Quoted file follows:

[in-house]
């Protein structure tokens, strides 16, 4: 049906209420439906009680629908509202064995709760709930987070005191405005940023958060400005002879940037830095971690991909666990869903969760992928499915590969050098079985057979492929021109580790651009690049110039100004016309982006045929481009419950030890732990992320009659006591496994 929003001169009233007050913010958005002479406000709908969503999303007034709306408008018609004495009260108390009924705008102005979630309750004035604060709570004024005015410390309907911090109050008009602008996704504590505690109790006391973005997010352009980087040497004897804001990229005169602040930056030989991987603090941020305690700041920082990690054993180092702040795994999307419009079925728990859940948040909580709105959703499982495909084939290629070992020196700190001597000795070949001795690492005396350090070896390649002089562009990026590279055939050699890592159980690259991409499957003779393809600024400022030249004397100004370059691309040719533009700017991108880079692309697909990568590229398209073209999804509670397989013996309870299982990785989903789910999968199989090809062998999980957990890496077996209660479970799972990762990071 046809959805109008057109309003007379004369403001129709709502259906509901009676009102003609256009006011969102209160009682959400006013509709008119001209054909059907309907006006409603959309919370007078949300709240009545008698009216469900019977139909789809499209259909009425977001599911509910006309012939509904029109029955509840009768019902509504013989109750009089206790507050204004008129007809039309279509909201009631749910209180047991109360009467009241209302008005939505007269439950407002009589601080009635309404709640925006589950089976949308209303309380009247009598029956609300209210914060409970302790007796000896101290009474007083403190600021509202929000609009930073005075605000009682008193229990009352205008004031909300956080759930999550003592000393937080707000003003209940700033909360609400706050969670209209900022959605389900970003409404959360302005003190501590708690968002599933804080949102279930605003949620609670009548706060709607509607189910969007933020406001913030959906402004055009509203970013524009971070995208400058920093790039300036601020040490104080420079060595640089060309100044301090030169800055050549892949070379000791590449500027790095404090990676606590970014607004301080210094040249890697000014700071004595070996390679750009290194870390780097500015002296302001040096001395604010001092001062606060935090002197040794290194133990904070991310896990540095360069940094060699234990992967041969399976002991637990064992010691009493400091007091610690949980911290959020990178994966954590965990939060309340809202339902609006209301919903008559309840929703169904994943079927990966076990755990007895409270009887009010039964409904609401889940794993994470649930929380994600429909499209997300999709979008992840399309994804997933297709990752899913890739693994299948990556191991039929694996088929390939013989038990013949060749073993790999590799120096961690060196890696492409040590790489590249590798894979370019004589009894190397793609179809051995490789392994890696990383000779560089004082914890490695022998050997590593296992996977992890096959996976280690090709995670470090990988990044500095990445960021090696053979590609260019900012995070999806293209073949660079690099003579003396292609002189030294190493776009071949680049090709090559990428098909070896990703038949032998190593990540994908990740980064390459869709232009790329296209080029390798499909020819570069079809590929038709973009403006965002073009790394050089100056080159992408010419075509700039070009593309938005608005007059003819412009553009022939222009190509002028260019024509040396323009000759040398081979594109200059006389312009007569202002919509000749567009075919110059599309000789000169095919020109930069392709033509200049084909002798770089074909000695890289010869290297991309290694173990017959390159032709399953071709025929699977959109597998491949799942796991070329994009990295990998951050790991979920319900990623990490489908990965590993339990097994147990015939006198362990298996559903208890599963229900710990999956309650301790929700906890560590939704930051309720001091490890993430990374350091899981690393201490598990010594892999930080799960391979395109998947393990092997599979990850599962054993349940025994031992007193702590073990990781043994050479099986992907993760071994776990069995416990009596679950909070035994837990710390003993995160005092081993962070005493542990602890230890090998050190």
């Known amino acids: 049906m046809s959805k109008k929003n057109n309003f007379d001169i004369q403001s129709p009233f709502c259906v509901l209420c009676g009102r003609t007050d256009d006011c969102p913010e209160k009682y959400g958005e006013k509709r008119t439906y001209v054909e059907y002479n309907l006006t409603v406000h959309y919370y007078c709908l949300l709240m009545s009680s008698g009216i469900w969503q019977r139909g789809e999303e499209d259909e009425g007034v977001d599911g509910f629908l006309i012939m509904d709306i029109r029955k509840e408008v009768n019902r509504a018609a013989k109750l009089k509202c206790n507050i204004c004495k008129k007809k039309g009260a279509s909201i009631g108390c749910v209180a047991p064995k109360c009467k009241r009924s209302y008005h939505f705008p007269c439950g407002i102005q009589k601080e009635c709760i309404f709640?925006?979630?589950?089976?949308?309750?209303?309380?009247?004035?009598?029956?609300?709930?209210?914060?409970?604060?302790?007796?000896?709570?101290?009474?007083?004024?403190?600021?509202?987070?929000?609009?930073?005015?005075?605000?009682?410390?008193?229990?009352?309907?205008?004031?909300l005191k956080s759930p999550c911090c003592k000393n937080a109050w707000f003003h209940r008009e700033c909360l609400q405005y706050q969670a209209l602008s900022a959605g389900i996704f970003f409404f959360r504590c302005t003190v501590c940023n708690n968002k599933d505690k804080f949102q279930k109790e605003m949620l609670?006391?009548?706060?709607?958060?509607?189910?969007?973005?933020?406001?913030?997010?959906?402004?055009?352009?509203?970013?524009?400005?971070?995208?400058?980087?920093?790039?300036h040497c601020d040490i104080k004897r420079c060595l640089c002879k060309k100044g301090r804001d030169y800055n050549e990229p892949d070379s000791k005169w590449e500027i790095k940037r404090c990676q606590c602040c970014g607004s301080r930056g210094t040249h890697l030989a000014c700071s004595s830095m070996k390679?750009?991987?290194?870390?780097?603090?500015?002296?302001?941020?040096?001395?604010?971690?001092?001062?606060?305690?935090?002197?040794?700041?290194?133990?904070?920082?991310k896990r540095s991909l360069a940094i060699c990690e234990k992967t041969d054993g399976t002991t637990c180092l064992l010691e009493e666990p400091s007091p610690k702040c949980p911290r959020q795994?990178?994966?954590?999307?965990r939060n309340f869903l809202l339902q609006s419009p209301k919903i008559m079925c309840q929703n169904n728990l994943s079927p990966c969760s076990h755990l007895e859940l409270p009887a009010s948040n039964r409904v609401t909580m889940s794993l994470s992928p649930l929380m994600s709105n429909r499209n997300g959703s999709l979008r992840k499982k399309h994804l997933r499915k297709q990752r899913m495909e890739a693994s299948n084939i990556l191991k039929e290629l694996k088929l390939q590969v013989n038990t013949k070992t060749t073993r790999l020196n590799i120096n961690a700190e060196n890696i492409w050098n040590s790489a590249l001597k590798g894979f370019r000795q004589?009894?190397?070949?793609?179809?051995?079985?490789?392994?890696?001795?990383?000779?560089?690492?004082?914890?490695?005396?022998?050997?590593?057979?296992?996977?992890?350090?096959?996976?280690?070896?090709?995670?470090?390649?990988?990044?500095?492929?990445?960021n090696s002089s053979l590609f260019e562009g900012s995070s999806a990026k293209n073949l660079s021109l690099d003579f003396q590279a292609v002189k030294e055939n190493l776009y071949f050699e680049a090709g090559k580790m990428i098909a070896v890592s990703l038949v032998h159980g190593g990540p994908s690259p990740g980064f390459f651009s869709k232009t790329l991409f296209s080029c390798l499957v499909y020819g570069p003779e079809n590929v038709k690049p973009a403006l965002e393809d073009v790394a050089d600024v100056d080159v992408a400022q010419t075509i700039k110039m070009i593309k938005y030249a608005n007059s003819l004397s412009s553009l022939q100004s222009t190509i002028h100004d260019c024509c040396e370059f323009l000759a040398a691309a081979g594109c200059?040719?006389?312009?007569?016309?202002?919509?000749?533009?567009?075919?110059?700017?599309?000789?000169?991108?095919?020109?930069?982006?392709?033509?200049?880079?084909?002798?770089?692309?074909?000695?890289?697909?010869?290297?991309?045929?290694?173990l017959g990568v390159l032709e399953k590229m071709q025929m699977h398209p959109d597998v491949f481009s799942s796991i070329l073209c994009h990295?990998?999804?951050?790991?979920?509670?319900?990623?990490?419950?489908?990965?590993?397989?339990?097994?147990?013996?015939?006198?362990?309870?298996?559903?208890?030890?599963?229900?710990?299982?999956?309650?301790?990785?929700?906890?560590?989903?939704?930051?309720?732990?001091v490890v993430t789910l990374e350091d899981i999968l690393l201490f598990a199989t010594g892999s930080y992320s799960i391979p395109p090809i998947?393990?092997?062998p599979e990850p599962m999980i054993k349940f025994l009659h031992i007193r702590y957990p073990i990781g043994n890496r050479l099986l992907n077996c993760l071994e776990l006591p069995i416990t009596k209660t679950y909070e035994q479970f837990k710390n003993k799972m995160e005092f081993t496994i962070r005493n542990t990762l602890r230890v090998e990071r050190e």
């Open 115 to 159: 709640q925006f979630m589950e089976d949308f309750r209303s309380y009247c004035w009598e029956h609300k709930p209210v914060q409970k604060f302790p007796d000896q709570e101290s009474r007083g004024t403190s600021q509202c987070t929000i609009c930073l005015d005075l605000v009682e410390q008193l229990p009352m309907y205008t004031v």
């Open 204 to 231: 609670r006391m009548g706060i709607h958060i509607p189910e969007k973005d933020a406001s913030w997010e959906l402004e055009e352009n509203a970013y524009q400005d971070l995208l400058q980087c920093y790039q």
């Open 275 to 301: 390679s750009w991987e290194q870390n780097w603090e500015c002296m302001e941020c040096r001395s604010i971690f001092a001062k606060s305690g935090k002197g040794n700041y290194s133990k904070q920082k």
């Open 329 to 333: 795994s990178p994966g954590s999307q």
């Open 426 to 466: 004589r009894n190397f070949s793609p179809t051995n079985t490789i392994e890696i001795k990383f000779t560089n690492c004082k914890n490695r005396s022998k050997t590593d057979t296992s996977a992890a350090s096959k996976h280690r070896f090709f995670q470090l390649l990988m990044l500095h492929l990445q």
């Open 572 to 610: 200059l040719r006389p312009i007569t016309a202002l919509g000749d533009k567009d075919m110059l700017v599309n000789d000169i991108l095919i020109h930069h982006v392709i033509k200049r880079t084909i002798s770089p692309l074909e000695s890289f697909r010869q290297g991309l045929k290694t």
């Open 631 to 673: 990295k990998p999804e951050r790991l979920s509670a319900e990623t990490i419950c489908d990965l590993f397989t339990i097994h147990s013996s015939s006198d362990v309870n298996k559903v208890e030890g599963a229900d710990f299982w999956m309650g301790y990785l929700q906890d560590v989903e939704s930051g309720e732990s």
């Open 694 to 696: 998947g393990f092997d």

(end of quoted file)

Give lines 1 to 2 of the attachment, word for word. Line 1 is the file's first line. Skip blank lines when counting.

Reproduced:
[in-house]
């Protein structure tokens, strides 16, 4: 049906209420439906009680629908509202064995709760709930987070005191405005940023958060400005002879940037830095971690991909666990869903969760992928499915590969050098079985057979492929021109580790651009690049110039100004016309982006045929481009419950030890732990992320009659006591496994 929003001169009233007050913010958005002479406000709908969503999303007034709306408008018609004495009260108390009924705008102005979630309750004035604060709570004024005015410390309907911090109050008009602008996704504590505690109790006391973005997010352009980087040497004897804001990229005169602040930056030989991987603090941020305690700041920082990690054993180092702040795994999307419009079925728990859940948040909580709105959703499982495909084939290629070992020196700190001597000795070949001795690492005396350090070896390649002089562009990026590279055939050699890592159980690259991409499957003779393809600024400022030249004397100004370059691309040719533009700017991108880079692309697909990568590229398209073209999804509670397989013996309870299982990785989903789910999968199989090809062998999980957990890496077996209660479970799972990762990071 046809959805109008057109309003007379004369403001129709709502259906509901009676009102003609256009006011969102209160009682959400006013509709008119001209054909059907309907006006409603959309919370007078949300709240009545008698009216469900019977139909789809499209259909009425977001599911509910006309012939509904029109029955509840009768019902509504013989109750009089206790507050204004008129007809039309279509909201009631749910209180047991109360009467009241209302008005939505007269439950407002009589601080009635309404709640925006589950089976949308209303309380009247009598029956609300209210914060409970302790007796000896101290009474007083403190600021509202929000609009930073005075605000009682008193229990009352205008004031909300956080759930999550003592000393937080707000003003209940700033909360609400706050969670209209900022959605389900970003409404959360302005003190501590708690968002599933804080949102279930605003949620609670009548706060709607509607189910969007933020406001913030959906402004055009509203970013524009971070995208400058920093790039300036601020040490104080420079060595640089060309100044301090030169800055050549892949070379000791590449500027790095404090990676606590970014607004301080210094040249890697000014700071004595070996390679750009290194870390780097500015002296302001040096001395604010001092001062606060935090002197040794290194133990904070991310896990540095360069940094060699234990992967041969399976002991637990064992010691009493400091007091610690949980911290959020990178994966954590965990939060309340809202339902609006209301919903008559309840929703169904994943079927990966076990755990007895409270009887009010039964409904609401889940794993994470649930929380994600429909499209997300999709979008992840399309994804997933297709990752899913890739693994299948990556191991039929694996088929390939013989038990013949060749073993790999590799120096961690060196890696492409040590790489590249590798894979370019004589009894190397793609179809051995490789392994890696990383000779560089004082914890490695022998050997590593296992996977992890096959996976280690090709995670470090990988990044500095990445960021090696053979590609260019900012995070999806293209073949660079690099003579003396292609002189030294190493776009071949680049090709090559990428098909070896990703038949032998190593990540994908990740980064390459869709232009790329296209080029390798499909020819570069079809590929038709973009403006965002073009790394050089100056080159992408010419075509700039070009593309938005608005007059003819412009553009022939222009190509002028260019024509040396323009000759040398081979594109200059006389312009007569202002919509000749567009075919110059599309000789000169095919020109930069392709033509200049084909002798770089074909000695890289010869290297991309290694173990017959390159032709399953071709025929699977959109597998491949799942796991070329994009990295990998951050790991979920319900990623990490489908990965590993339990097994147990015939006198362990298996559903208890599963229900710990999956309650301790929700906890560590939704930051309720001091490890993430990374350091899981690393201490598990010594892999930080799960391979395109998947393990092997599979990850599962054993349940025994031992007193702590073990990781043994050479099986992907993760071994776990069995416990009596679950909070035994837990710390003993995160005092081993962070005493542990602890230890090998050190």